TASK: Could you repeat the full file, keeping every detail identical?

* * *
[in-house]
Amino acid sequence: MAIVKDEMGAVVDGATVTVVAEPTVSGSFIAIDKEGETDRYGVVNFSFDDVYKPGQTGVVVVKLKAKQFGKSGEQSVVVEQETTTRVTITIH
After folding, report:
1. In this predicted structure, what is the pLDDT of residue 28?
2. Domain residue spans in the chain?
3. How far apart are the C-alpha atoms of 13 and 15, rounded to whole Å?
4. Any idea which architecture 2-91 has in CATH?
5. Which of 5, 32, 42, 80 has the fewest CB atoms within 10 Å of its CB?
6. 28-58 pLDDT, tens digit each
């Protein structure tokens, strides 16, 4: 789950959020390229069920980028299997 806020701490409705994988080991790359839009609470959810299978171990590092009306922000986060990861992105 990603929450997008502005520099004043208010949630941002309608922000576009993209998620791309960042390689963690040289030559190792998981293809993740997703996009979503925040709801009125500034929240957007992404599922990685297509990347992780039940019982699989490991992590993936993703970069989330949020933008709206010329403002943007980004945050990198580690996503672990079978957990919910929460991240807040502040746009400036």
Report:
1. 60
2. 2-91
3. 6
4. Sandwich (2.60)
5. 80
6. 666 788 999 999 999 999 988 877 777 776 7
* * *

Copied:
[in-house]
Amino acid sequence: MAIVKDEMGAVVDGATVTVVAEPTVSGSFIAIDKEGETDRYGVVNFSFDDVYKPGQTGVVVVKLKAKQFGKSGEQSVVVEQETTTRVTITIH
After folding, report:
1. In this predicted structure, what is the pLDDT of residue 28?
2. Domain residue spans in the chain?
3. How far apart are the C-alpha atoms of 13 and 15, rounded to whole Å?
4. Any idea which architecture 2-91 has in CATH?
5. Which of 5, 32, 42, 80 has the fewest CB atoms within 10 Å of its CB?
6. 28-58 pLDDT, tens digit each
């Protein structure tokens, strides 16, 4: 789950959020390229069920980028299997 806020701490409705994988080991790359839009609470959810299978171990590092009306922000986060990861992105 990603929450997008502005520099004043208010949630941002309608922000576009993209998620791309960042390689963690040289030559190792998981293809993740997703996009979503925040709801009125500034929240957007992404599922990685297509990347992780039940019982699989490991992590993936993703970069989330949020933008709206010329403002943007980004945050990198580690996503672990079978957990919910929460991240807040502040746009400036």
Report:
1. 60
2. 2-91
3. 6
4. Sandwich (2.60)
5. 80
6. 666 788 999 999 999 999 988 877 777 776 7